In the end, they all did their jobs. Say this for the Tigers: they never once ducked the expectations that accompanied them to Spring Training. They accepted that they were supposed to be good and that anything short of the World Series would make the season hugely disappointing.
The Tigers were not a great team in April or May. They weren't all that hot in June or July, either. They only emerged as a championship-caliber team in September, late September.
By then, Doug Fister, Max Scherzer and Austin Jackson had gotten healthy. Anibal Sanchez had gotten comfortable in his new surroundings, and Quintin Berry and Avisail Garcia had settled into their new roles.
Once all those things happened, the Tigers finally ran down the White Sox in the American League Central, and once the playoffs began -- and there was some doubt they'd be in the playoffs because they trailed the White Sox by three games with 15 to play -- the Tigers morphed into a team good enough to win a championship.
We may someday see the Tigers as a case study in how good organizations deal with problems. There's a fine line between being aggressive in changing a roster and in panicking and making silly decisions. The Tigers seemed to walk it perfectly.
They're a reminder that championship teams are fragile things, woven from an array of good planning, good fortune and competent management.
OK, who are these Tigers now? They're 16-5 since September 24. No team has better starting pitching, and that's the No. 1 reason they should win the World Series. Baseball's best offensive player, Cabrera, is the centerpiece of their offense. And the Detroit bullpen is riding an unexpected hero, Phil Coke.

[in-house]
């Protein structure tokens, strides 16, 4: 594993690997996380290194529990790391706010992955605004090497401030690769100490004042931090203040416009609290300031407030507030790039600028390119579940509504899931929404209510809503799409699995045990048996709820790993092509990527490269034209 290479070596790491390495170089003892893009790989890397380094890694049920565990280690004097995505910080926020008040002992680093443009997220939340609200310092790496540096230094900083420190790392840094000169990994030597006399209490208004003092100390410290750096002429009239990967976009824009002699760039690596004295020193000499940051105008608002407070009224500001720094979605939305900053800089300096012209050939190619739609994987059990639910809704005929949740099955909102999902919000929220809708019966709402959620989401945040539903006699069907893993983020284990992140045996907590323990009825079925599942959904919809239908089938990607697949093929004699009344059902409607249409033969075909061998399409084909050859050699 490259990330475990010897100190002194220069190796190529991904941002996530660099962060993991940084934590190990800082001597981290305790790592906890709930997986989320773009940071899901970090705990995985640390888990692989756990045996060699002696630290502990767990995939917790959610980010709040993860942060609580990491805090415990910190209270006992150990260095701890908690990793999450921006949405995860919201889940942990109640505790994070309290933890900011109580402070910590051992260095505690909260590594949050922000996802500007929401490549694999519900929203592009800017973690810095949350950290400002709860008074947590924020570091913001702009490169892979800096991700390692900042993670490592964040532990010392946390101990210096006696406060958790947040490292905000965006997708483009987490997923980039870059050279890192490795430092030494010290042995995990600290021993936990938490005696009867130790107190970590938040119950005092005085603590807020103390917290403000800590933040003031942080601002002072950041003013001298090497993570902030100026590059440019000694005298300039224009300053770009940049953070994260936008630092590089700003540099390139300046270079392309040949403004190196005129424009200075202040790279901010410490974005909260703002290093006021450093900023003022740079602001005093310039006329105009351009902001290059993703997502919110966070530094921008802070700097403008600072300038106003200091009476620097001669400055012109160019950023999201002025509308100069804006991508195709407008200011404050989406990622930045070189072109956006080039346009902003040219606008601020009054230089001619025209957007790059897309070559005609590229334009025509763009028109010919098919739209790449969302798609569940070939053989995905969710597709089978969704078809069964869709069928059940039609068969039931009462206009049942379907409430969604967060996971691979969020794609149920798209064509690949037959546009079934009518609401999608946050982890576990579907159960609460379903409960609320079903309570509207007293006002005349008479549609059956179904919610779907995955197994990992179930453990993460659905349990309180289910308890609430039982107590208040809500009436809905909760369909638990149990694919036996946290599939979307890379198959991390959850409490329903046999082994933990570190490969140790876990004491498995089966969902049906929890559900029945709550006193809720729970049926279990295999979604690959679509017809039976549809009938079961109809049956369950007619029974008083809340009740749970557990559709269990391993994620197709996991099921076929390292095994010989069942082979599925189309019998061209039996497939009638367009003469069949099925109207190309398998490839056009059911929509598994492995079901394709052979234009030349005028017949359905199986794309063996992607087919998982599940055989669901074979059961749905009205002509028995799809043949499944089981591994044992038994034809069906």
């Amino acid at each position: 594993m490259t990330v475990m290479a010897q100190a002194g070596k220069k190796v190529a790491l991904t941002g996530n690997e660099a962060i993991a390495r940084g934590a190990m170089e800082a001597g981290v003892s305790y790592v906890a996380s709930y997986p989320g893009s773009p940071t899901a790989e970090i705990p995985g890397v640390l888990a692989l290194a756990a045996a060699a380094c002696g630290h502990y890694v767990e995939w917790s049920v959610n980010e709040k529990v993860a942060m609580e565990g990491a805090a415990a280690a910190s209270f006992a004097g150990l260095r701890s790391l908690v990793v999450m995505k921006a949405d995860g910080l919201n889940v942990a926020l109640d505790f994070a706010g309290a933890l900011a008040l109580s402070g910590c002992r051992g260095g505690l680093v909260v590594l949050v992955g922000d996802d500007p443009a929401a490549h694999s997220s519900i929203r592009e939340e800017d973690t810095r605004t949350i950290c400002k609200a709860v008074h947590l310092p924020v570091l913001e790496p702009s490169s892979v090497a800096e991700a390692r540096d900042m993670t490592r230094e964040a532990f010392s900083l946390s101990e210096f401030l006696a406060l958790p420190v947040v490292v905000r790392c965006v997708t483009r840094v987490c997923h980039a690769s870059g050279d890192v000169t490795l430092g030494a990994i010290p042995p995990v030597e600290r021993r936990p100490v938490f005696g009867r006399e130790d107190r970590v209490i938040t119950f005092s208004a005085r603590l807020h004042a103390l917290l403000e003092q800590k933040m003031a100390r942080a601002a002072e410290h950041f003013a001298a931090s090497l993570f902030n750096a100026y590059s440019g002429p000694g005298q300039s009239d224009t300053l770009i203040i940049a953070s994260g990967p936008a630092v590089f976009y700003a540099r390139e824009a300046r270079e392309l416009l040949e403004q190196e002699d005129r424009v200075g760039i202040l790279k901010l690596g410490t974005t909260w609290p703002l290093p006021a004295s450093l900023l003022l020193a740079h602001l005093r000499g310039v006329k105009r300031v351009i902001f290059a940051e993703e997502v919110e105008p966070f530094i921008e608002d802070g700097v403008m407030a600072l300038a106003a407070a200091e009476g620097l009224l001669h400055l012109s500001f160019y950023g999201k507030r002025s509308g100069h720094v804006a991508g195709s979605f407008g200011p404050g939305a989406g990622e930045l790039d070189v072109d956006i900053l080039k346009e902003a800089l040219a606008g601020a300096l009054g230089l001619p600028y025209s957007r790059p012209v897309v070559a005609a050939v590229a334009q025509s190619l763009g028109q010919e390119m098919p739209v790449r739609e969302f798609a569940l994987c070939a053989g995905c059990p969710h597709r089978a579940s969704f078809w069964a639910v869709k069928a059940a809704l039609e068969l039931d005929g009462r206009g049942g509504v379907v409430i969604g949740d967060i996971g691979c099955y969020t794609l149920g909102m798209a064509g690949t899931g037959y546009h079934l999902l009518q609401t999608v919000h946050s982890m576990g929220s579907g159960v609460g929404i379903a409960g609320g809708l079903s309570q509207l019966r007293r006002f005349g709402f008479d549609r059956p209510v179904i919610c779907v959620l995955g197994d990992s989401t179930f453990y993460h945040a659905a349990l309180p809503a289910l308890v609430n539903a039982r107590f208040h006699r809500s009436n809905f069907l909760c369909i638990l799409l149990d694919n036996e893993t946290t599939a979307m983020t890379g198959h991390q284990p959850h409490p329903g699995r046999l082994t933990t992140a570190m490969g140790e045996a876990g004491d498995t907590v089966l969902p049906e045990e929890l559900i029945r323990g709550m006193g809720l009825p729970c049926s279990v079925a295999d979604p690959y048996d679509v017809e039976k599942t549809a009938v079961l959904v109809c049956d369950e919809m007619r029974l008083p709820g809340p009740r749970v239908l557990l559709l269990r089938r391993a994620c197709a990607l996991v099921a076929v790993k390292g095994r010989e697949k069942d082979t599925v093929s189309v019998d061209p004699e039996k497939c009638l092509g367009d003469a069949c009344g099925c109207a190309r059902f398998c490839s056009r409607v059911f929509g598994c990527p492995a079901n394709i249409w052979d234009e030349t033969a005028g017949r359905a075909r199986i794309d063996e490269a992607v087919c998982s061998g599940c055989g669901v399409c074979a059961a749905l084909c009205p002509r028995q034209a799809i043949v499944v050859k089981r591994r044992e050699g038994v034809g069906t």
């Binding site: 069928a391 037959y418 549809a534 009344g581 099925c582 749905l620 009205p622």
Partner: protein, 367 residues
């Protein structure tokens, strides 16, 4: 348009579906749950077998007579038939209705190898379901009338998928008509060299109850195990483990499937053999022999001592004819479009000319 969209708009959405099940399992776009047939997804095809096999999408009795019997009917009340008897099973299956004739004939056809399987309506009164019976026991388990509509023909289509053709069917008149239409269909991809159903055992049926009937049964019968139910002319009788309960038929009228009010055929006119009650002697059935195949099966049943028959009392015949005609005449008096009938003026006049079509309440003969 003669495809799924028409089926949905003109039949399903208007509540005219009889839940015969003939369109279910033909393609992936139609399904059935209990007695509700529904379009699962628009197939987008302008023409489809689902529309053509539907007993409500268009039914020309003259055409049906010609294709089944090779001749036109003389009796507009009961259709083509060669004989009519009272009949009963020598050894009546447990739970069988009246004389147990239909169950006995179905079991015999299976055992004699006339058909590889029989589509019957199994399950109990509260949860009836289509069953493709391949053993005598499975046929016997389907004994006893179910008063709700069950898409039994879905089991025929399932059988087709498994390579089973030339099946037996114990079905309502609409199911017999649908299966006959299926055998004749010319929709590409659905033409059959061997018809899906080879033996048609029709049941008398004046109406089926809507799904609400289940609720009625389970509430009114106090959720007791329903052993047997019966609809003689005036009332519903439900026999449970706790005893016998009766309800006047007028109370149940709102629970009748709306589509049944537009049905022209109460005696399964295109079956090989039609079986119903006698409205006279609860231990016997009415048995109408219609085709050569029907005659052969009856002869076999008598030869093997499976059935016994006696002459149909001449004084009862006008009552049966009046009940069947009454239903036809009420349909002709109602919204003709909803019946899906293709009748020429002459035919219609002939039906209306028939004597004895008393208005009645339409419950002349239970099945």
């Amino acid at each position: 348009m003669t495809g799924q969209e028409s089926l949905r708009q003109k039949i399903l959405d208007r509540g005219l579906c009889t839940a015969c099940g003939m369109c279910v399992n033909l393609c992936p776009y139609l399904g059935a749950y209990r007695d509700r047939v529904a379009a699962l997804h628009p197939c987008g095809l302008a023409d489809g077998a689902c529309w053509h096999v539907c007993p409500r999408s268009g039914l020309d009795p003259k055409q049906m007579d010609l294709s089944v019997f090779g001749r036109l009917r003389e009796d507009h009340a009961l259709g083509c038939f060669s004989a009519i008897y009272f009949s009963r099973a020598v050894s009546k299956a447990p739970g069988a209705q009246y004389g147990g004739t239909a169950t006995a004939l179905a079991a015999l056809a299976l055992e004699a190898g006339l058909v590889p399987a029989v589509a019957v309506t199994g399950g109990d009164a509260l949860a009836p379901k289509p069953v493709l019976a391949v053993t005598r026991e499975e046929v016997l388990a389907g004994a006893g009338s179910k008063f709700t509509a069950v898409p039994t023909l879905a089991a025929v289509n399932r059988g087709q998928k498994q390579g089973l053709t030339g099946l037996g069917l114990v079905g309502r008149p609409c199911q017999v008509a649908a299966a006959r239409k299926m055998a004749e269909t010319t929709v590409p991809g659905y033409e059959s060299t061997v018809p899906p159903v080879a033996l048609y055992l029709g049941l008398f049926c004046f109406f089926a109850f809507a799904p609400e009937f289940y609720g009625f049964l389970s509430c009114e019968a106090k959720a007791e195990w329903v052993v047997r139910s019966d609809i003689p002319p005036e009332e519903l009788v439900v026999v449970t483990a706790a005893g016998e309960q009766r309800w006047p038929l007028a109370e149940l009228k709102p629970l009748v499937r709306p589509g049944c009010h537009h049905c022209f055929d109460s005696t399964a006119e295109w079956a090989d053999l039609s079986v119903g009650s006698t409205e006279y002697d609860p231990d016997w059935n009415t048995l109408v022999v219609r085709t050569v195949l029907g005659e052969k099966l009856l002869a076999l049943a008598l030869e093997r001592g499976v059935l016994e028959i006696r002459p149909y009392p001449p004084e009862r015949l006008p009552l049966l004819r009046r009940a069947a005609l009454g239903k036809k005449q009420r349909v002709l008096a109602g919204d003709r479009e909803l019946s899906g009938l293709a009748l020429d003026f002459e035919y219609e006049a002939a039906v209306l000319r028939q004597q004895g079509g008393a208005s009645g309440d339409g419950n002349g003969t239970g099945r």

What could derail the Tigers? They've got their pitching lined up, they're rested, and they're confident.
First, the five days off between the end of a four-game sweep of the Yankees and the beginning of the World Series. Even though Leyland attempted to keep his guys game-ready, there's nothing he can do in an empty ballpark in Detroit that will replicate the packed house that'll be at AT&T Park for Game 1 on Wednesday.
If Verlander comes out and picks up where he left off in the ALCS, it'll be a terrific sign for the Tigers. Their rotation allowed two earned runs in 27 1/3 innings in the ALCS sweep of the Yankees and has a 1.38 ERA for the entire postseason. If they keep that momentum, they're probably unbeatable.
The Giants aren't going to win if Verlander is executing his pitches the way he did against the A's and Yankees. And the guys behind him -- Fister, Sanchez and Scherzer -- have been tremendous in the postseason.
There could be some mild concern about the workload of those starters. Verlander is at 262 innings, which is nine shy of his 2011 career high. And he did show some wear and tear at the end last season.
So far, he has given no indication that he's tiring. In his last two starts, he threw 254 pitches while allowing one earned run in 17 1/3 innings. Sanchez has pitched a career-high 208 innings, and Scherzer, who is at 197 innings, is approaching his, as well.
If they're good for another 10 days, there's likely to be a World Series champion in Detroit for the first time in 28 years. Remember, the Tigers needed 85 games to clear .500 for good and 155 games to pass the White Sox for the last time.
By then, they were significantly different than the club that left Spring Training. Omar Infante had taken over at second. Garcia and Berry had formed a productive outfield platoon. Sanchez had deepened the rotation. Gerald Laird was sharing some of the workload behind the plate with Alex Avila.
Inch by inch, the Tigers emerged as the team they were expected to be. Unless the five days off has somehow taken away their edge, the Tigers have put themselves in the best position possible to win a World Series. There wasn't a lot of joy in the journey at times, but there's plenty to go around now.